When: March 6th from 11:00 am to 12:30 pm
Where: Library Rm 121
Description: Black (Africana) Studies has entered its 50th year anniversary (est. 1968-69) since being established in the academy. In homage to the Discipline, its practitioners, and supporters, this lecture is designed to reinforce the founding pillars of the Discipline, its mission, and history. The major contributors, schools of thought, and lasting developments will be discussed. Additionally, the significance of the institutionalization of Black Studies in higher education will be discussed in the context of this intentional effort of its first students and faculty. The aim of this lecture is to detail the intellectual tradition of Black Studies to ensure students, practitioners, and supporters have a clear grounding and visionary path for the next 50 years of the Discipline.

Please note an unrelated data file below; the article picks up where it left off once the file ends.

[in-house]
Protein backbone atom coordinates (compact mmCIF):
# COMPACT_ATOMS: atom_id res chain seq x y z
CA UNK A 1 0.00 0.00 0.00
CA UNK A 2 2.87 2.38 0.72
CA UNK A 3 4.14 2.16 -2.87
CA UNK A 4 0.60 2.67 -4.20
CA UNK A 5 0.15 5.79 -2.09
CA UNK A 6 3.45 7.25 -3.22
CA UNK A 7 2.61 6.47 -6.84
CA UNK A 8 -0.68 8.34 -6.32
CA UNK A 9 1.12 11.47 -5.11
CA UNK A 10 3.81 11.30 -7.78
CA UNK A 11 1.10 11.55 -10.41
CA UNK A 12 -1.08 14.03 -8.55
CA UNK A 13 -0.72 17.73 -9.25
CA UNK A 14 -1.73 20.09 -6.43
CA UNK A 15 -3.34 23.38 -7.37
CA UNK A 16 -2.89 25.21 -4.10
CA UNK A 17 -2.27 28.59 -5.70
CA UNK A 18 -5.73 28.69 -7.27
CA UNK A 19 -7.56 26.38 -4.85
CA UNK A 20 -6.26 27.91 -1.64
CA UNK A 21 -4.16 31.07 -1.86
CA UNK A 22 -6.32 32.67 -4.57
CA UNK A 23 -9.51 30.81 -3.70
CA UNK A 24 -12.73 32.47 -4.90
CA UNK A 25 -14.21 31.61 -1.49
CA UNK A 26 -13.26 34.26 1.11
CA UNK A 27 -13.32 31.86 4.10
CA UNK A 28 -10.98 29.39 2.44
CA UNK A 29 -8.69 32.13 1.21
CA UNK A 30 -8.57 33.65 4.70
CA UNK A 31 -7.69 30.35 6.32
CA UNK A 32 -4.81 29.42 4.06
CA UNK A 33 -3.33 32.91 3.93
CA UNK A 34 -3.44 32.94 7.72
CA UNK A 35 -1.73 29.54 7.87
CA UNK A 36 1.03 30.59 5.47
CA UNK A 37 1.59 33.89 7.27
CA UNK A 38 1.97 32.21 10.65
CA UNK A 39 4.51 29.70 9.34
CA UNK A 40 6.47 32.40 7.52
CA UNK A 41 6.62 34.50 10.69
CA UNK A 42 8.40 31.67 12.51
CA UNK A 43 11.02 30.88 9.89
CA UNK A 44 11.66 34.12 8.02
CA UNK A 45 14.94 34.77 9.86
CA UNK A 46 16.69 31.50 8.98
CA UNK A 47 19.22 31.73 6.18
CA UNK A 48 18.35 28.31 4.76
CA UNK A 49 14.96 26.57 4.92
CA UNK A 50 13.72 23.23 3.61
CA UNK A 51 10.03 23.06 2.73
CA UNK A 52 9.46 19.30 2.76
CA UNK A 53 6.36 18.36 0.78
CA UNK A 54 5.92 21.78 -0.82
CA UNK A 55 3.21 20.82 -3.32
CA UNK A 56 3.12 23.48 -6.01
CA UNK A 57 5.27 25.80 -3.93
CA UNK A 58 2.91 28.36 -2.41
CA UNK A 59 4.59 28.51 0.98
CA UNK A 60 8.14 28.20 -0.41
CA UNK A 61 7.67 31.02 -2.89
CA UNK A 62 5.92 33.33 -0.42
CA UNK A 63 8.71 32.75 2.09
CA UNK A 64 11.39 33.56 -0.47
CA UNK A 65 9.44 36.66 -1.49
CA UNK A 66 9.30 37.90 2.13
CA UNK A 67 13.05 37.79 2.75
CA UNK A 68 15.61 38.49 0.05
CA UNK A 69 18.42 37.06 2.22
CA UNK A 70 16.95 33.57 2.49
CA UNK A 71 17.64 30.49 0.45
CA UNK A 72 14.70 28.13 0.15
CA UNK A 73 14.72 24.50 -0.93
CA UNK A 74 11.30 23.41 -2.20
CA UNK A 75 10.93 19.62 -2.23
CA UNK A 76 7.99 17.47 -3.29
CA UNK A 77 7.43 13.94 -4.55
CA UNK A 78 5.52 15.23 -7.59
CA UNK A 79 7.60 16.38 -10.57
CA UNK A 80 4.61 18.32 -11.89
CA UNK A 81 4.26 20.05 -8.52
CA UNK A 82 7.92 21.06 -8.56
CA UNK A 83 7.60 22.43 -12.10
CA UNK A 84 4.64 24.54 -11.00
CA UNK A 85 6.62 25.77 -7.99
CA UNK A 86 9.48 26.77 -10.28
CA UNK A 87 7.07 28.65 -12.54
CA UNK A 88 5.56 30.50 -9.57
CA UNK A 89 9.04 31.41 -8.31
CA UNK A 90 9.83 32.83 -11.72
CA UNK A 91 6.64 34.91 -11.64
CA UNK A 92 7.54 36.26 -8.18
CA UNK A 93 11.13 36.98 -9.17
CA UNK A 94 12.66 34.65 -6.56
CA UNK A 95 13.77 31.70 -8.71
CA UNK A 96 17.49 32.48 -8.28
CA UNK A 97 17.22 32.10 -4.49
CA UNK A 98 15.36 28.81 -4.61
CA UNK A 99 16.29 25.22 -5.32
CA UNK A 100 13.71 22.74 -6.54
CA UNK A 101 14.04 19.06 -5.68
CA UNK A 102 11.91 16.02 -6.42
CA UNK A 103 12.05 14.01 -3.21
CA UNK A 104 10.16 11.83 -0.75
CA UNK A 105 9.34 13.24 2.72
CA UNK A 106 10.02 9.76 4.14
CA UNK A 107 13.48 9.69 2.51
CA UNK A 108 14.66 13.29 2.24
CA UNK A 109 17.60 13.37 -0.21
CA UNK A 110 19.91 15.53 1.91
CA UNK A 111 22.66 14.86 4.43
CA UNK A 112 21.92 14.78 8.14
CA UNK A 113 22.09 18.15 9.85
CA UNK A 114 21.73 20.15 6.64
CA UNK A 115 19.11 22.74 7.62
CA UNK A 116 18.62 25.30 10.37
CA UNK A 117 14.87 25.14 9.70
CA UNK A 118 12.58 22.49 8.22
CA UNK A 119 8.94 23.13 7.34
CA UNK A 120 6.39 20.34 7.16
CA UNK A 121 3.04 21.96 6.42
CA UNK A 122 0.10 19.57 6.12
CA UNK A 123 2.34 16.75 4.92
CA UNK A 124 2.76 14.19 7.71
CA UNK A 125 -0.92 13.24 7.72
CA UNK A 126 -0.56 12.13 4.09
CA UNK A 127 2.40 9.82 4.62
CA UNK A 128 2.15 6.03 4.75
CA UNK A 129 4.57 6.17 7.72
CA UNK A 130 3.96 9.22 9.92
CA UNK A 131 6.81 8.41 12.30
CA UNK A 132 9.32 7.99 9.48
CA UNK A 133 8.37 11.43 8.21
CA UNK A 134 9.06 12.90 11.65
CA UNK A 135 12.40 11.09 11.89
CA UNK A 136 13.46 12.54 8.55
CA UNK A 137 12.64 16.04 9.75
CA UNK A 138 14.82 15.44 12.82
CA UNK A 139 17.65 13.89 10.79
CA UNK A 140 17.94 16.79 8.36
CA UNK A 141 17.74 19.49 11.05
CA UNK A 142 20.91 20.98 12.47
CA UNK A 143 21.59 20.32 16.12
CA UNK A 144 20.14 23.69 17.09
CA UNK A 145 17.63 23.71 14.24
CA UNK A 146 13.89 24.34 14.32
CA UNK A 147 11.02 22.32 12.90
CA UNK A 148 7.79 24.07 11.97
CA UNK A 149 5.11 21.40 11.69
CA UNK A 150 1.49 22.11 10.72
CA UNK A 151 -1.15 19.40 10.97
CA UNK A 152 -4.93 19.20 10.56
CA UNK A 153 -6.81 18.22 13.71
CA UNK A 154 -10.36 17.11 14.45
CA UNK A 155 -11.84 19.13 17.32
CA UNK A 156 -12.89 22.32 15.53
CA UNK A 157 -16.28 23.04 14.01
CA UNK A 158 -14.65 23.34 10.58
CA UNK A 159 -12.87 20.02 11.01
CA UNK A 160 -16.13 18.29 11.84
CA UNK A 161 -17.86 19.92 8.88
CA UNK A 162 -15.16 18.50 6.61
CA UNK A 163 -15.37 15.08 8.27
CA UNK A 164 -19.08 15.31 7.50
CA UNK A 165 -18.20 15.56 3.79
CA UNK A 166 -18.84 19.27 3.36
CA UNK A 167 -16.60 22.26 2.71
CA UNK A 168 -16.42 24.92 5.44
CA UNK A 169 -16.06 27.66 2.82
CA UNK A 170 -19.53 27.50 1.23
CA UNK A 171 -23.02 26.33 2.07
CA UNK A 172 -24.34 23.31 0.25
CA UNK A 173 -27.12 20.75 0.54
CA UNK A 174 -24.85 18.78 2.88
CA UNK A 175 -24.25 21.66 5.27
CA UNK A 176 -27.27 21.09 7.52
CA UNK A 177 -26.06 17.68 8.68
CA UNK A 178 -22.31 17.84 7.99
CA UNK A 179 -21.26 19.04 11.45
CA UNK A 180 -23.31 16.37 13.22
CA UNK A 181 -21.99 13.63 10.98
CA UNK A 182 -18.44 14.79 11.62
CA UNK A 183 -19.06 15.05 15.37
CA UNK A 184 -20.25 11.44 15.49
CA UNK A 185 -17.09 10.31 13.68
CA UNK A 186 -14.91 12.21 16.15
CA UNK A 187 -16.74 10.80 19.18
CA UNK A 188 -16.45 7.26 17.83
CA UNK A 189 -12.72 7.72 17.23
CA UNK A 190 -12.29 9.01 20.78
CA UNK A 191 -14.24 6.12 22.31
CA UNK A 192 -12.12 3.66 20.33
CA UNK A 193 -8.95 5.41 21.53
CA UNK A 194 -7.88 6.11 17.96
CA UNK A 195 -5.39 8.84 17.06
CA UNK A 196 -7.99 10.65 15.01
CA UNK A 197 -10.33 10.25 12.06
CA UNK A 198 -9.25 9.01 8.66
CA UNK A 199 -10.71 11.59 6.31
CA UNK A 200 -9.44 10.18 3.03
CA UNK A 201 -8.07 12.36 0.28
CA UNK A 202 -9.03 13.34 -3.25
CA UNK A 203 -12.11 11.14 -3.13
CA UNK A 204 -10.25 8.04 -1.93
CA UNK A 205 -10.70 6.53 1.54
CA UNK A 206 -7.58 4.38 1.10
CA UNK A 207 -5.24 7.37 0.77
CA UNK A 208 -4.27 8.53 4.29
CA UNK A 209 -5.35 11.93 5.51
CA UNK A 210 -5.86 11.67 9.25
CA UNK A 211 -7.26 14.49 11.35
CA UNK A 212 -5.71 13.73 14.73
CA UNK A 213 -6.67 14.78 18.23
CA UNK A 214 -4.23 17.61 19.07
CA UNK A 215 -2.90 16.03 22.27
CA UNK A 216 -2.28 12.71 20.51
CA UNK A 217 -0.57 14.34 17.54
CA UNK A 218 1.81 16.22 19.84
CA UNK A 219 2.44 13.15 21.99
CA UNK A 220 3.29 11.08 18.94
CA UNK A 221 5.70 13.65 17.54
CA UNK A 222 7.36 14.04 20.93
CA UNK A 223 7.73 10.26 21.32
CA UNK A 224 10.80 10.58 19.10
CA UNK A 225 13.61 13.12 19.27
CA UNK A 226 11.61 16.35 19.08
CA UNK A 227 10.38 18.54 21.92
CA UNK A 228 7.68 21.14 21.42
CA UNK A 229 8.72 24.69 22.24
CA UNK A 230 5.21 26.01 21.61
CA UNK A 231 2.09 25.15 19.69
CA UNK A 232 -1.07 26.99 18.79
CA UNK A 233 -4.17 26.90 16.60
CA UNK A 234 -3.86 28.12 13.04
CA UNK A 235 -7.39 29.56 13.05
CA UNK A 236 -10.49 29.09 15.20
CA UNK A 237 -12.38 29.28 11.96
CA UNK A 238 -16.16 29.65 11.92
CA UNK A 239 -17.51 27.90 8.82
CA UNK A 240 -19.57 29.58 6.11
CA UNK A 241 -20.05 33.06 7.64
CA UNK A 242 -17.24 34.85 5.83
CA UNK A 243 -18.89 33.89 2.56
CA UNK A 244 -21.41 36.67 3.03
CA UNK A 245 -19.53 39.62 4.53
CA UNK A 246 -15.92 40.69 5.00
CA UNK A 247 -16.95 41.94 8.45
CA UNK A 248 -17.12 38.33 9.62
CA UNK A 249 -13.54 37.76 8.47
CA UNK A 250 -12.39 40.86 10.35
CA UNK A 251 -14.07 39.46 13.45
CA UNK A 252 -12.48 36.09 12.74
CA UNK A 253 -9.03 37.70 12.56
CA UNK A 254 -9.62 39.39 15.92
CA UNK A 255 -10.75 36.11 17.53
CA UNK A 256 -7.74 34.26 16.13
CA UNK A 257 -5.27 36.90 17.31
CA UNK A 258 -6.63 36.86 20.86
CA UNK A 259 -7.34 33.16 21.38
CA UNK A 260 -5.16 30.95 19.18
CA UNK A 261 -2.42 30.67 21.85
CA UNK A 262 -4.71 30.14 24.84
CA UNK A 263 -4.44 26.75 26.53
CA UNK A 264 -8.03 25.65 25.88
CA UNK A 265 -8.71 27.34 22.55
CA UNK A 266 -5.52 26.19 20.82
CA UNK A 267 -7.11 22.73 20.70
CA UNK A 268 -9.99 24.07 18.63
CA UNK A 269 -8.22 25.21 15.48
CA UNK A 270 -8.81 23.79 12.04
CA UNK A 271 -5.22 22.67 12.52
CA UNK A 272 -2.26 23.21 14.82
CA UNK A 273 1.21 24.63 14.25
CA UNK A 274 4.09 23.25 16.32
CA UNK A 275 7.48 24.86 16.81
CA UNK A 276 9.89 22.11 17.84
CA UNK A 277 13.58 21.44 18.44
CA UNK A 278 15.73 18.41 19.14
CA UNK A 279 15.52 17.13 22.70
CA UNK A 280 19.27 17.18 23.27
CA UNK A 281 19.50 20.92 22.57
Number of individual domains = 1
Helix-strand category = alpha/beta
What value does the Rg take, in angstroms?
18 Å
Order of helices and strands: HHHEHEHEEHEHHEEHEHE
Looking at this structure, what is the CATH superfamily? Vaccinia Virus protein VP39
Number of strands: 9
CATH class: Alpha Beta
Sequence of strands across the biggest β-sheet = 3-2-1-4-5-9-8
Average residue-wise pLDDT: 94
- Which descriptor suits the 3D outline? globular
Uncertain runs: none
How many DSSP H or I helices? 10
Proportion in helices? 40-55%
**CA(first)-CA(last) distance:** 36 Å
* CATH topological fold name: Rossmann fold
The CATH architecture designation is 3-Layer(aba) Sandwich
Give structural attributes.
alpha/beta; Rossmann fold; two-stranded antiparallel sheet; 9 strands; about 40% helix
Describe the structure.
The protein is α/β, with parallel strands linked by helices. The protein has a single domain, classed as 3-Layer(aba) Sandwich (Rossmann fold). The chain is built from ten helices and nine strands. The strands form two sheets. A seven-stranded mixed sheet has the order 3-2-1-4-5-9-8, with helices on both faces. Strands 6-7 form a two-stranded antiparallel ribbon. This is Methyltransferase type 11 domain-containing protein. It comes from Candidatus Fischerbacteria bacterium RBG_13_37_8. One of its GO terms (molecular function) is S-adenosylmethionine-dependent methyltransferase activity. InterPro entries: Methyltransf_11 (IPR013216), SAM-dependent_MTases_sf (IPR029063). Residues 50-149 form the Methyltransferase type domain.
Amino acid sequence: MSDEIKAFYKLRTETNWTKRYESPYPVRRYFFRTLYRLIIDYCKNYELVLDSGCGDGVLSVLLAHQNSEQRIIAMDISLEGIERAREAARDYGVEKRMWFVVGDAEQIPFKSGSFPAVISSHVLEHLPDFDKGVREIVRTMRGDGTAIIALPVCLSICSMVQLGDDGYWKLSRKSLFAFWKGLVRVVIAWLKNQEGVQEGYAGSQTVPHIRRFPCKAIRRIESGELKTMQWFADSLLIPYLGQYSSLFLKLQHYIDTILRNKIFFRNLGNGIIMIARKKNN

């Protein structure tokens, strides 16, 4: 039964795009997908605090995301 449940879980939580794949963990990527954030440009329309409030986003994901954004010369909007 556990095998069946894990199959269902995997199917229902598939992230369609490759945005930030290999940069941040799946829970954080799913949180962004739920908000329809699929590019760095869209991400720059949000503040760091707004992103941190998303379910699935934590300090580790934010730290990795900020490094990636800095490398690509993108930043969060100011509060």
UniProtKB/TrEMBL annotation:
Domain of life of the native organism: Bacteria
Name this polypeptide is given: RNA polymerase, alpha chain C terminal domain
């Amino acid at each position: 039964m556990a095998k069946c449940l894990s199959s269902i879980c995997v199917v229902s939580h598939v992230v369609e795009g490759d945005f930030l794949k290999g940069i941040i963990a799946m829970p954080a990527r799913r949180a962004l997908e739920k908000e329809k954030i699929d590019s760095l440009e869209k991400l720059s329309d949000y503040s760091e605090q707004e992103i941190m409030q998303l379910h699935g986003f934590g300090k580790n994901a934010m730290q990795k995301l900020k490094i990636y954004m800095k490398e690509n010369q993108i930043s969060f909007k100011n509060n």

Guest Biography: Dr. Ifetayo M. Flannery is an assistant professor in the Department of Africana Studies at San Francisco State University. She is an active member in Africana (Black) Studies professional organizations including the National Council for Black Studies, Association of Black Psychologists, Association for the Study of the Worldwide African Diaspora, and the Diopian Institute for Scholarly Advancement. Dr. Flannery also serves as a co-advisor to the Black Vanguard student organization on campus. Her past publications can be found in the Berkeley Journal of African American Law & Policy and in the 2016 disciplinary text, Qualitative Methods in Africana Studies. Her most recent publication can be found in an upcoming 2018 anthology dedicated to 50 years of Black Studies entitled, Inheriting Black Studies. Dr. Flannery is proud to have graduated from the first Ph.D. program in Africana Studies at Temple University and to be able to serve at the first undergraduate Africana Studies program in the country here at SFSU.